The dollar lost 12.5% in value against the other major currencies between last spring and early January.
It was a steady move down by the currency as risk appetite returned to markets over this period and safe-haven flows unwound, helped by positive developments on Covid vaccines in the closing months of last year.
The euro was a notable beneficiary of the news on vaccines, climbing above $1.23 in early 2021 from below $1.17 at the start of November.
This is only the second move above $1.20 by the euro since the ECB introduced negative interest rates in 2014. The previous move occurred at the start of 2018, and saw the euro-dollar rate rise to a high of $1.25.
However, it was not sustained as the dollar regained strength, with the euro dropping back below $1.20 within a number of months. The euro continued to move lower subsequently, before bottoming out at $1.07 early last year.
The dollar has managed to regain some ground over the past week. Expectations the incoming Biden administration will deliver its planned major fiscal stimulus package has raised US bond yields, which is supporting the currency.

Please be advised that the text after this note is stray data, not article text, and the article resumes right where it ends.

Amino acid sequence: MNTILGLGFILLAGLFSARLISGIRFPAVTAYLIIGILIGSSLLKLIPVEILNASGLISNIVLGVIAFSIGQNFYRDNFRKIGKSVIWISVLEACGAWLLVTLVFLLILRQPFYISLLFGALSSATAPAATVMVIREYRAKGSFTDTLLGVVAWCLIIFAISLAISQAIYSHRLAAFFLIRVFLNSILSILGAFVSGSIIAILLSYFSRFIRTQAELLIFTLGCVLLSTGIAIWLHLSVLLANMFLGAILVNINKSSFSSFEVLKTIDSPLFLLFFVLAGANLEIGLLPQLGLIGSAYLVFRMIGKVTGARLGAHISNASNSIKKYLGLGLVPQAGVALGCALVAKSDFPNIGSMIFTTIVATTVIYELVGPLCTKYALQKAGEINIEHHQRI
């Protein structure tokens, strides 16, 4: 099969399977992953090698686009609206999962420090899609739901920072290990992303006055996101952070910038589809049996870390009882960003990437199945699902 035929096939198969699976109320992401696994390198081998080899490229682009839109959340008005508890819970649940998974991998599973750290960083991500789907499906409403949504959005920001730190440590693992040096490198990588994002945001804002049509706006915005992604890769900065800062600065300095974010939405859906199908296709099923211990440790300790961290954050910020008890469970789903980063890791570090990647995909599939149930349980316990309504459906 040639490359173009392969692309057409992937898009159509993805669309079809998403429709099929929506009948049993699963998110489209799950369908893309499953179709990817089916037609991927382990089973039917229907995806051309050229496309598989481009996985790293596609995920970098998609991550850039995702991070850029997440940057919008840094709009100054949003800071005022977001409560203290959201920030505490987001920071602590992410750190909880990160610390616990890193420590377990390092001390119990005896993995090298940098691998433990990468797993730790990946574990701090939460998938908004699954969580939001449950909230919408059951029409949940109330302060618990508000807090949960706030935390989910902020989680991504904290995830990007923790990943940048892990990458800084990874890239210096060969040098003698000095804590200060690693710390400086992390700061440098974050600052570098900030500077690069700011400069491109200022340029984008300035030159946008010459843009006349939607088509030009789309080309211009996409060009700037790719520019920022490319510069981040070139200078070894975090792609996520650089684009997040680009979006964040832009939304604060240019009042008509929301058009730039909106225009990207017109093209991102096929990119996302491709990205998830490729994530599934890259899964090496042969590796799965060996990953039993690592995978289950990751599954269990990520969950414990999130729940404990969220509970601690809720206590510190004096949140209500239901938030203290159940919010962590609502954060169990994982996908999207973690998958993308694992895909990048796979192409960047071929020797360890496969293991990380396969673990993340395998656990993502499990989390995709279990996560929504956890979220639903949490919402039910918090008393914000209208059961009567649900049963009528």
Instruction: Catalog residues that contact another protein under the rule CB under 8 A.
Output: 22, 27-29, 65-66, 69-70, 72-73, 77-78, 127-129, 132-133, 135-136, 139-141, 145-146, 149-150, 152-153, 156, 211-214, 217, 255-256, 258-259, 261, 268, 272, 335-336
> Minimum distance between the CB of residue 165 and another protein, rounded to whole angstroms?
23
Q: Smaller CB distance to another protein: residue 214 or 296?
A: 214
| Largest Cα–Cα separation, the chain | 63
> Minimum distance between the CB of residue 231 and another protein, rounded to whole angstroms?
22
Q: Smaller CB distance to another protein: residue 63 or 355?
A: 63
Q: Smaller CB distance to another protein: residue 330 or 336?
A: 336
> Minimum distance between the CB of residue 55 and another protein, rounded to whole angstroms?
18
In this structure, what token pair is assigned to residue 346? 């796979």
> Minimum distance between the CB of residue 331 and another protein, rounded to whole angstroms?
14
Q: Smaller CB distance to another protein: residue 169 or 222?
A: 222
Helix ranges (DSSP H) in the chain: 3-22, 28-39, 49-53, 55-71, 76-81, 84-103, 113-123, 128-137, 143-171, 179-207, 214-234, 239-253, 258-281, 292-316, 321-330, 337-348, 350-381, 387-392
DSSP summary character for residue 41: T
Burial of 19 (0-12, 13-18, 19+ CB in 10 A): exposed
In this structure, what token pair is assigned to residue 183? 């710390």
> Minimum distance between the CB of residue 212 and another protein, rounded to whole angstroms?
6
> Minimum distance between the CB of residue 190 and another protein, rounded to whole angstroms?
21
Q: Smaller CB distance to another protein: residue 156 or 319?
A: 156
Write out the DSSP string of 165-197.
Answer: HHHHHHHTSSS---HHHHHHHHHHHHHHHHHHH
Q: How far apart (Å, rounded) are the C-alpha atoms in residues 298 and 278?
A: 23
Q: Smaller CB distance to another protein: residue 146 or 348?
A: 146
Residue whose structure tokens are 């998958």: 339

The sharp rise in coronavirus cases and deaths is also starting to weigh on sentiment in markets, helping to boost the dollar.
The euro has fallen back to $1.21 in recent days, raising the question about whether the move above $1.20 will again fail to be sustained. Near term, it is certainly possible the euro could drop below $1.20 towards the $1.18 support level, especially with the market very short on the US currency presently.
The economic outlook, though, suggests the dollar could come under downward pressure again as the year progresses. Vaccines for Covid-19 are set to become widely available over the course of 2021. This should lay the foundations for a period of sustained, robust growth by the global economy over the next couple of years, with the US economy no longer an outperformer.
Risk appetite in markets should also improve as vaccines are rolled out. This will increase the attractiveness of non-US dollar assets, as well as lessen the appeal of safe-haven currencies like the dollar.
However, even if the dollar starts to come under pressure again, it will be a major challenge for the euro to overcome the $1.25 resistance level. Later in the year, though, the euro could really test the $1.25 level if a robust recovery by the global economy is under way by then.